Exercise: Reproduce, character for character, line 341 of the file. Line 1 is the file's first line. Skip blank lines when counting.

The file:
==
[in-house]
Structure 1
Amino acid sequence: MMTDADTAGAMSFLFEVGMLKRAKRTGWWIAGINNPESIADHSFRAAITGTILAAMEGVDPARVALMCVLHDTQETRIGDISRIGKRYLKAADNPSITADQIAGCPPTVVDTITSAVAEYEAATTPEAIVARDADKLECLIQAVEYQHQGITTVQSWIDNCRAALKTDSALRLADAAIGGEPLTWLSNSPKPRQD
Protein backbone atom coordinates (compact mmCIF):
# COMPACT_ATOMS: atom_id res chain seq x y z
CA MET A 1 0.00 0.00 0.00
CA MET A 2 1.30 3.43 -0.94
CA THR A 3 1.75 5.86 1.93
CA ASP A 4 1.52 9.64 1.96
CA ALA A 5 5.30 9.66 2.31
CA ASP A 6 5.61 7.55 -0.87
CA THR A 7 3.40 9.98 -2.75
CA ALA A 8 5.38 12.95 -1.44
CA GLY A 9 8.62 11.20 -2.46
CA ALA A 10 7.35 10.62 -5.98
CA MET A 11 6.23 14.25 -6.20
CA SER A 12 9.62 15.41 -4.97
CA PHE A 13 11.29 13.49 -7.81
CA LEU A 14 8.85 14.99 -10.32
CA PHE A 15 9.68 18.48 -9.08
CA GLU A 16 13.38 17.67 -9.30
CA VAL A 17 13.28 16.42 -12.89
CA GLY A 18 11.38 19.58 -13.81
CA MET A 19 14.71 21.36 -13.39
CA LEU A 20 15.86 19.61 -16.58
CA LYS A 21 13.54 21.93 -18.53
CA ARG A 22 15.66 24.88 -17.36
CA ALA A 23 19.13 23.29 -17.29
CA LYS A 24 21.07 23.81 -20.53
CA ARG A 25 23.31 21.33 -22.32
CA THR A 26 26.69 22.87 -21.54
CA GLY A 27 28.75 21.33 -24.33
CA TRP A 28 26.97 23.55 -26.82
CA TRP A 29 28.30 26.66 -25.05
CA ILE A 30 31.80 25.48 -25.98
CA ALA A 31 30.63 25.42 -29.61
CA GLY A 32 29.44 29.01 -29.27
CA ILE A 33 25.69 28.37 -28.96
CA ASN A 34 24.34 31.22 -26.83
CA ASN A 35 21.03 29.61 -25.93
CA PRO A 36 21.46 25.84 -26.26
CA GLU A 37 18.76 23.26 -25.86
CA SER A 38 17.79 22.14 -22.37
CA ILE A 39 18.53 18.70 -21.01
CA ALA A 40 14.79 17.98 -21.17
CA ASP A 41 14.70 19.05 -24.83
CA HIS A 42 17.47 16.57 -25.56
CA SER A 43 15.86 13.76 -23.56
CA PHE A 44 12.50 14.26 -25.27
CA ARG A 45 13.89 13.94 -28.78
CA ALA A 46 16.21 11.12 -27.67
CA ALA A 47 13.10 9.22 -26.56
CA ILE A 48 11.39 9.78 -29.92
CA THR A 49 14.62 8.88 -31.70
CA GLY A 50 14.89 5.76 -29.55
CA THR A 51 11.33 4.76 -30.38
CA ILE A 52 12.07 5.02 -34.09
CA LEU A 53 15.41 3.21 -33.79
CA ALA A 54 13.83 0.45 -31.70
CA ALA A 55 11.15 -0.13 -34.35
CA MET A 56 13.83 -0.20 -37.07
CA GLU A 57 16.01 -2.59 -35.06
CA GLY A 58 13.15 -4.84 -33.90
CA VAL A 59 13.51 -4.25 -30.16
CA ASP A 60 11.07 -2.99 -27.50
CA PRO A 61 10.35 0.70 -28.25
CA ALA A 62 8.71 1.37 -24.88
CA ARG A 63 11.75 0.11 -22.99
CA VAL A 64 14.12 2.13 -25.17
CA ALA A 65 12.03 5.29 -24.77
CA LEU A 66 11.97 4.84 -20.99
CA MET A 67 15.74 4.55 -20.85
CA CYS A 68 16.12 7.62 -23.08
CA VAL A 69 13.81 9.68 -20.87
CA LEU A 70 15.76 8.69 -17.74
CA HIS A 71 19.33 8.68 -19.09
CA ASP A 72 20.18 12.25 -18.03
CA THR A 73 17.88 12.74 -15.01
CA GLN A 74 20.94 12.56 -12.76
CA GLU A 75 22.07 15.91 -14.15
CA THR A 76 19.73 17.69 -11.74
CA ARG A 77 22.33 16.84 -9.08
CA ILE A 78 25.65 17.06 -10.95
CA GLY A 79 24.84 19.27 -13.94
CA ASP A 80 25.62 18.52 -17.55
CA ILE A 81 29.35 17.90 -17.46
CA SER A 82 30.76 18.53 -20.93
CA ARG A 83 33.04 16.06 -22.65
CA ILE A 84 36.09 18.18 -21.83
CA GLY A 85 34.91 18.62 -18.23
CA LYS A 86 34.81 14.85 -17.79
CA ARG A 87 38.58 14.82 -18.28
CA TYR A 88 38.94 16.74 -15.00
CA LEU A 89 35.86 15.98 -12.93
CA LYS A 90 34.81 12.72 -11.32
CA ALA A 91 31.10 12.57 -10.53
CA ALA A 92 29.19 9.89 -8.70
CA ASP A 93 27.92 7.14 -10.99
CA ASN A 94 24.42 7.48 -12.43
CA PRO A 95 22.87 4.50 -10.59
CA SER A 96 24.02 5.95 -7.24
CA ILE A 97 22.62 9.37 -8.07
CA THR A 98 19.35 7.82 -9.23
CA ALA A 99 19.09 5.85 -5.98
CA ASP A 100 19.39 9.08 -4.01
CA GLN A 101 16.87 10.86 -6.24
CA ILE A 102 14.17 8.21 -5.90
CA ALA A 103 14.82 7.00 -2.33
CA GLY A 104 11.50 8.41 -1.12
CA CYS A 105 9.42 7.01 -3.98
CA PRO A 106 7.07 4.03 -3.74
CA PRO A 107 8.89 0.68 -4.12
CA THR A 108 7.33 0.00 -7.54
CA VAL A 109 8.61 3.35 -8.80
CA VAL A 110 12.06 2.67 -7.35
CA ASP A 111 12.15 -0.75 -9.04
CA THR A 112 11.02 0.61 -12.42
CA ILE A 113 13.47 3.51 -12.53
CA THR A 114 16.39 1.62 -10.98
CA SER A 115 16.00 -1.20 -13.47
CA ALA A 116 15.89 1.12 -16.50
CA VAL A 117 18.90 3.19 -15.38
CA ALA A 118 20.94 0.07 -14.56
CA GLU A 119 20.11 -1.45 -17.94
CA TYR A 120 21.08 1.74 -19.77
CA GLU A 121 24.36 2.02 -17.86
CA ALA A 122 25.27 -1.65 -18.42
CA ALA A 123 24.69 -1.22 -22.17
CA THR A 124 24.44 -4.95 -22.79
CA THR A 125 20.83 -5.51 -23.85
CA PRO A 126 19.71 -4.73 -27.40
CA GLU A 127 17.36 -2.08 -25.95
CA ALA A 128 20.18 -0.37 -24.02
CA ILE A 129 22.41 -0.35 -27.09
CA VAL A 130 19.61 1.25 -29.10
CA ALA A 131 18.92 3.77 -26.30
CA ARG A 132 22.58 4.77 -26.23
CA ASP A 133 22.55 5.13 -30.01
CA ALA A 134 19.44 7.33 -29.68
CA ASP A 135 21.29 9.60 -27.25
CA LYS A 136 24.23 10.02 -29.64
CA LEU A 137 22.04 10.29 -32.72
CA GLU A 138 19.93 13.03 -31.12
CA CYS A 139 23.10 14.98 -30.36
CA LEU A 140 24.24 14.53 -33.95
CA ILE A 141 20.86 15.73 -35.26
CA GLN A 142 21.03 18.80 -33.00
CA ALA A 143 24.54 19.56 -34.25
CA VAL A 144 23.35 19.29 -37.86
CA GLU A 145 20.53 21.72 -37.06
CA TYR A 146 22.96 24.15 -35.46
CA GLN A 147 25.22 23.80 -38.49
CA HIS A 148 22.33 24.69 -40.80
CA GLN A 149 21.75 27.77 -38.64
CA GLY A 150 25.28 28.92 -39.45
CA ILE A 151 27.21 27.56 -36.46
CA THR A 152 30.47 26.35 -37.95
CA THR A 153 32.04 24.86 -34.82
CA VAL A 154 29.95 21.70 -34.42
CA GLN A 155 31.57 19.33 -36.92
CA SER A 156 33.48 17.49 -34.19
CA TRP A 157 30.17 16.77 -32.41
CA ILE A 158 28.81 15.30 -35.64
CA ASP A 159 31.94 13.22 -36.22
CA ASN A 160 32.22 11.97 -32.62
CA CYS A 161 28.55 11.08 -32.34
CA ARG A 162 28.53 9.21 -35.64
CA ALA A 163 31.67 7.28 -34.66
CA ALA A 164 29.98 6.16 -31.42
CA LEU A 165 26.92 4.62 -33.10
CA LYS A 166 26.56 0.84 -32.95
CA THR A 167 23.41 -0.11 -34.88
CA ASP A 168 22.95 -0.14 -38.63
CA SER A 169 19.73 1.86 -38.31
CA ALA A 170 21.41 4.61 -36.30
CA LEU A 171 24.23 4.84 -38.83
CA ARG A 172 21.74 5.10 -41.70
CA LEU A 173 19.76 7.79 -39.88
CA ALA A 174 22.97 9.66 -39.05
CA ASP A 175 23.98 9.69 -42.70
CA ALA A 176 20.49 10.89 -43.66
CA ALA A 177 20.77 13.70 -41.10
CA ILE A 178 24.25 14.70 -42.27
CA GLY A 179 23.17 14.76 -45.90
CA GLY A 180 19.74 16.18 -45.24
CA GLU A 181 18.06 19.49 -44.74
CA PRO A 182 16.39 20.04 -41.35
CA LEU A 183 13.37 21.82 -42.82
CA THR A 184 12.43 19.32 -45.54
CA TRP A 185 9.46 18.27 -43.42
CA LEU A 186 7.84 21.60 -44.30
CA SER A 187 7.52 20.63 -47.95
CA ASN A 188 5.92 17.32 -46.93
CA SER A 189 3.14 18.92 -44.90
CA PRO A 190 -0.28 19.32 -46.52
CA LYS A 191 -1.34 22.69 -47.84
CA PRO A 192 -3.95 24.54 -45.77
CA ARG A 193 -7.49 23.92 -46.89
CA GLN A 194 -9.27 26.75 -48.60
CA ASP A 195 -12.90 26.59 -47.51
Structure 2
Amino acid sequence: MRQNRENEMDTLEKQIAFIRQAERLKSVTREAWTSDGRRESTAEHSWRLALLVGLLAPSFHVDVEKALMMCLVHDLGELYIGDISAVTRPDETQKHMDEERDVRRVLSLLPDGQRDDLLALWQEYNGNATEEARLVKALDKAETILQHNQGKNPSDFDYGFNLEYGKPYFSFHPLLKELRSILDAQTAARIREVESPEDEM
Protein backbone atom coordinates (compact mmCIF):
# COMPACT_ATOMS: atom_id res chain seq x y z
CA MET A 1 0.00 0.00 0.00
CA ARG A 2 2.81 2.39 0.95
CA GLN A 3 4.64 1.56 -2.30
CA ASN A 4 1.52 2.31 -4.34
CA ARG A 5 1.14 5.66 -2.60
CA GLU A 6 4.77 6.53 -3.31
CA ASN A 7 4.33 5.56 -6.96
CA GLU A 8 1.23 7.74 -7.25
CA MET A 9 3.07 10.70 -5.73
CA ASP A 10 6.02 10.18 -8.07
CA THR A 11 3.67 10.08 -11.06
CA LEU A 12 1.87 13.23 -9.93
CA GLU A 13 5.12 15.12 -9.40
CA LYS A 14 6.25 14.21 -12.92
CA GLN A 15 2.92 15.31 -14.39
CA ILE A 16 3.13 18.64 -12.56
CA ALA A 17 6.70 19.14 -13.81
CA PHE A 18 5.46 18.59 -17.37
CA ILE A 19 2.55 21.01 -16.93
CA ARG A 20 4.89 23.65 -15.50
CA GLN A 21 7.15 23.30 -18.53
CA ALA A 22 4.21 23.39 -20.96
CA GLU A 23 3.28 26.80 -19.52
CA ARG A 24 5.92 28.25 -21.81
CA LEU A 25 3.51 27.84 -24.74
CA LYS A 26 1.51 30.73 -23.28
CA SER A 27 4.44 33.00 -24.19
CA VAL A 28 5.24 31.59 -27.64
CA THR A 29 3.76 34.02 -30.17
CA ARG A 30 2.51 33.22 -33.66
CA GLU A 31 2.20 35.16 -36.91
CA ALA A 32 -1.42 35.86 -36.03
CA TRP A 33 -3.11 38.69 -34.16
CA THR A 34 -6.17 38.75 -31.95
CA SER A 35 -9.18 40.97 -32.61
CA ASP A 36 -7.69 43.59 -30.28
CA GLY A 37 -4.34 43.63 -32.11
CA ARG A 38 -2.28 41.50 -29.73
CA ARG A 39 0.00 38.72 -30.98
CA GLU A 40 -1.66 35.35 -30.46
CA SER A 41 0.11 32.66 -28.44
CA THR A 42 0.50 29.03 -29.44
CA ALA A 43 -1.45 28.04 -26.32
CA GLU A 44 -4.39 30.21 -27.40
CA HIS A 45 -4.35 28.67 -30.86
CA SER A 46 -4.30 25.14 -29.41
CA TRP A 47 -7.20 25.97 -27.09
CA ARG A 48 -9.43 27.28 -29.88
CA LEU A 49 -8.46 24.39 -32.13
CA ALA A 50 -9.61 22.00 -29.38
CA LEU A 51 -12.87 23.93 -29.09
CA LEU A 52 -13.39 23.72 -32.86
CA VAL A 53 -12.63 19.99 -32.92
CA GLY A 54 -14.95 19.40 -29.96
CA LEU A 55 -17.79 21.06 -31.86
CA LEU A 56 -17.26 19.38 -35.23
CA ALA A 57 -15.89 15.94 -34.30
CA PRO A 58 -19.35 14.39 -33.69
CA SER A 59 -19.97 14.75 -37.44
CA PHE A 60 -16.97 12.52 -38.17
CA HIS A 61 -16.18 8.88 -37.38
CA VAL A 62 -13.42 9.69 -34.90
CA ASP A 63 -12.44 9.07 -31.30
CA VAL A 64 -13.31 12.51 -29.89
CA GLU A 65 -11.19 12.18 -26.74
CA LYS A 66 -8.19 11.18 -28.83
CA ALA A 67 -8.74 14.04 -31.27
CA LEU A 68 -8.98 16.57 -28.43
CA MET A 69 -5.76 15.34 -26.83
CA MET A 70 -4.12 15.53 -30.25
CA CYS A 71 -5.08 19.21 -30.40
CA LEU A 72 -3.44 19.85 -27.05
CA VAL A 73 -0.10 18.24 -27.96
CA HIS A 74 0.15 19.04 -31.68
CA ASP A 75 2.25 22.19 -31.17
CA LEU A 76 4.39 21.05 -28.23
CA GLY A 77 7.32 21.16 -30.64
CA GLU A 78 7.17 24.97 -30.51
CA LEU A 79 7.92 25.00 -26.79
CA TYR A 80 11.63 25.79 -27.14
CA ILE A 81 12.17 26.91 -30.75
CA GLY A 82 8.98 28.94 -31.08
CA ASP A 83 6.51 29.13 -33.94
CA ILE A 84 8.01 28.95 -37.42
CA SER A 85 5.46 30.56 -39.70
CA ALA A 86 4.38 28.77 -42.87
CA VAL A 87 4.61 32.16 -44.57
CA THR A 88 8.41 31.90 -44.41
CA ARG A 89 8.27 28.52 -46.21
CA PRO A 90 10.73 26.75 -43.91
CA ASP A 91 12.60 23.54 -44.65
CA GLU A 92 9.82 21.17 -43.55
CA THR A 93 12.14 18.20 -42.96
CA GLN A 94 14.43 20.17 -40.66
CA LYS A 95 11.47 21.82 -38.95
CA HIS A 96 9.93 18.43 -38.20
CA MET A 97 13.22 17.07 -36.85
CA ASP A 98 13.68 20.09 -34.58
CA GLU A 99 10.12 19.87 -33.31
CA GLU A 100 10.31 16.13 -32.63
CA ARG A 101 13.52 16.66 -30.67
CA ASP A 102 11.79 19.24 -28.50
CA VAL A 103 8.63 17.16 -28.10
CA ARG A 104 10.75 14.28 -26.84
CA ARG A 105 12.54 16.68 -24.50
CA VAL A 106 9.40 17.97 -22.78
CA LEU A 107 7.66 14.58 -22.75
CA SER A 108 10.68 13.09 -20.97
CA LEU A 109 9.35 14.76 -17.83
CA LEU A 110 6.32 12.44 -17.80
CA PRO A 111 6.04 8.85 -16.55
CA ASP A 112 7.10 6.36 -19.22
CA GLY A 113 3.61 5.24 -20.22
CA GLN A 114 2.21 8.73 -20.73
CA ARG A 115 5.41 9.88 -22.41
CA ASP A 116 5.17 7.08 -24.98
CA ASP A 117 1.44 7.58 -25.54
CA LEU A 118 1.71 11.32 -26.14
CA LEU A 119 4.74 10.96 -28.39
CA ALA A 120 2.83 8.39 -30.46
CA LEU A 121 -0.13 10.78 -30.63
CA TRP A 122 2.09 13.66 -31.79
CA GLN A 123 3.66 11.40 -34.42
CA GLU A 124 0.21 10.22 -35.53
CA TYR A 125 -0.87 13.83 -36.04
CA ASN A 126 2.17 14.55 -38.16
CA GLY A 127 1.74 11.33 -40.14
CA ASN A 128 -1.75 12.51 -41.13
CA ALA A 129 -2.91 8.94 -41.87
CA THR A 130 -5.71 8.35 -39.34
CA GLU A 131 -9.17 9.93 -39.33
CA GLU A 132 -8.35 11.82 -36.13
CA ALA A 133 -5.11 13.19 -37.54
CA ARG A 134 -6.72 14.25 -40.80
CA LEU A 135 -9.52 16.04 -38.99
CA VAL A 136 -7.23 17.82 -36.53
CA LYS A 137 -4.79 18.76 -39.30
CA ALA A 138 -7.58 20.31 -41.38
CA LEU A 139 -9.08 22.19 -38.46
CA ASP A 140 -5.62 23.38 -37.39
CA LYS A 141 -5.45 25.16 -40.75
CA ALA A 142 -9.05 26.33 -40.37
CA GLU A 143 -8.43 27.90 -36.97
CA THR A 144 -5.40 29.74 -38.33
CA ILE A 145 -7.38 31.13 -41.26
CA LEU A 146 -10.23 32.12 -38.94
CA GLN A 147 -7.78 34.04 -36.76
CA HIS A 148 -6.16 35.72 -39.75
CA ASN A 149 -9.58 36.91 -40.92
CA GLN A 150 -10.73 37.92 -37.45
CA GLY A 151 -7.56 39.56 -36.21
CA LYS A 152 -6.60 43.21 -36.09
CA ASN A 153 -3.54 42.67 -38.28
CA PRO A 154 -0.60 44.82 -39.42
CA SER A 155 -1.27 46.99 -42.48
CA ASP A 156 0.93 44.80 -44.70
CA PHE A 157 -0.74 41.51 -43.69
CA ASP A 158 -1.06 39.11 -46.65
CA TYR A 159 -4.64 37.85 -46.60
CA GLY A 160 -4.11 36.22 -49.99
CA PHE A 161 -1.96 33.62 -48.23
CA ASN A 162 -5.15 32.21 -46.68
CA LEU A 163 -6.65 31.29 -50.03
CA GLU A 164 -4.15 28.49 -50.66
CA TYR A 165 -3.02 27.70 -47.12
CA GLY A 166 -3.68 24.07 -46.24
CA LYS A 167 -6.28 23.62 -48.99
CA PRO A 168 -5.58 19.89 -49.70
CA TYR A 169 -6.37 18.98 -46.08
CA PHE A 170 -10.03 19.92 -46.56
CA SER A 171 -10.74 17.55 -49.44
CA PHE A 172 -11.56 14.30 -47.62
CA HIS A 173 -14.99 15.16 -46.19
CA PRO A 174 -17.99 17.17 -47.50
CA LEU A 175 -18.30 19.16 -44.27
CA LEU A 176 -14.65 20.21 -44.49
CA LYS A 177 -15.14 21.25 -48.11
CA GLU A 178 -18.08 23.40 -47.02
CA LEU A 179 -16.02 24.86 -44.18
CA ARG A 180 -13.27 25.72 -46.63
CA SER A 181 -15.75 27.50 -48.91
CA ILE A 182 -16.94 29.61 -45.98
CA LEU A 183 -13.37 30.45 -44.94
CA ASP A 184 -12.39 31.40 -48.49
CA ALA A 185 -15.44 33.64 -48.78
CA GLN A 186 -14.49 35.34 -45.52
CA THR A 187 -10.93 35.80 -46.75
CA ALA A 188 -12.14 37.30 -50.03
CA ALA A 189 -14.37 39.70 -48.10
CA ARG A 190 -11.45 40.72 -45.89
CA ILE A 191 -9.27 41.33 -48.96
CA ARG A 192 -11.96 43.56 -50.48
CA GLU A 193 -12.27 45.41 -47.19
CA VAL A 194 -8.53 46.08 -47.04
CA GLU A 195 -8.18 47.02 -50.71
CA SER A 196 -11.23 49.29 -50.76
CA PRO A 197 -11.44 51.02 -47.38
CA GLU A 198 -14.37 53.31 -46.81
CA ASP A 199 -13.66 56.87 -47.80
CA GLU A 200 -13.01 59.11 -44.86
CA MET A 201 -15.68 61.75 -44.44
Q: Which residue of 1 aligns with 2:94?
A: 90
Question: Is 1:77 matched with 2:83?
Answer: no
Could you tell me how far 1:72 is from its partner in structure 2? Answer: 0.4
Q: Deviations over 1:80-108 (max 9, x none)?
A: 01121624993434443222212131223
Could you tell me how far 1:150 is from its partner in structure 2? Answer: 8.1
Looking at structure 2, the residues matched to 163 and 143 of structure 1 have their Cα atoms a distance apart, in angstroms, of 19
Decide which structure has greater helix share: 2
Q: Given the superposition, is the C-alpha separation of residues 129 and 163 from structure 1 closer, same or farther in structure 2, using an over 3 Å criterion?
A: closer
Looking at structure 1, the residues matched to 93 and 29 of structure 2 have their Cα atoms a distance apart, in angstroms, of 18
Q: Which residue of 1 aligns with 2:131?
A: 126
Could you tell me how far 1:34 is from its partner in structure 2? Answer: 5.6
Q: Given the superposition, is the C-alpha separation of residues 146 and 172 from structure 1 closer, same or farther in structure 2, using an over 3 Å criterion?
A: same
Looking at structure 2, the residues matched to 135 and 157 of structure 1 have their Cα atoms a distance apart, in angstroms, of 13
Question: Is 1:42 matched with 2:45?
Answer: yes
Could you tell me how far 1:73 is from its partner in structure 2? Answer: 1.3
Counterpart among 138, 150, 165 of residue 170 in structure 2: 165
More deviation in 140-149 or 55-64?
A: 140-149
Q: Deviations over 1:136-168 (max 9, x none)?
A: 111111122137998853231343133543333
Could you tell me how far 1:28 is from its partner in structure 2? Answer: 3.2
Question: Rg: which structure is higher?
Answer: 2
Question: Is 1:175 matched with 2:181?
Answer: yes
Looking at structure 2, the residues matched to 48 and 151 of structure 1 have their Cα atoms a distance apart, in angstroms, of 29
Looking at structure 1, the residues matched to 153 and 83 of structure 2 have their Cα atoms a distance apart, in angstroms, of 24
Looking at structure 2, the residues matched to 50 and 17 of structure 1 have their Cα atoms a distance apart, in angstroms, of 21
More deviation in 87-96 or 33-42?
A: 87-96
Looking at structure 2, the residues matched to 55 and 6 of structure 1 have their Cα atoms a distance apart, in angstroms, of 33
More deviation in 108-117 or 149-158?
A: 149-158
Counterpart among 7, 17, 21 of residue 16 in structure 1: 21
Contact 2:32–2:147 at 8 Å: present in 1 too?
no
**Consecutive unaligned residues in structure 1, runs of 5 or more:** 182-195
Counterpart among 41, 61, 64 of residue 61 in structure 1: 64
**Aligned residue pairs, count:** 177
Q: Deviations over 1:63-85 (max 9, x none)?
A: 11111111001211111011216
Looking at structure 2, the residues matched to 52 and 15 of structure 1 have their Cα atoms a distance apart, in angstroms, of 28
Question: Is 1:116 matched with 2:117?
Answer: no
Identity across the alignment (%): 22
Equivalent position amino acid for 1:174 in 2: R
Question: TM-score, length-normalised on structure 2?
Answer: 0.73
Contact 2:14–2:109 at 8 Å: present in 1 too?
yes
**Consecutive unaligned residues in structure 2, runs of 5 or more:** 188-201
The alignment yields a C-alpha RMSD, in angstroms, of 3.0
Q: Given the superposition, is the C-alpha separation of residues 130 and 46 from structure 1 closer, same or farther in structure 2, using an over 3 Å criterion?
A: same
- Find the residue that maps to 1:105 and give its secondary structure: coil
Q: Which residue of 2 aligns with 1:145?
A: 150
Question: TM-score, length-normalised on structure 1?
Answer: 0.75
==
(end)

CA LYS A 137 -4.79 18.76 -39.30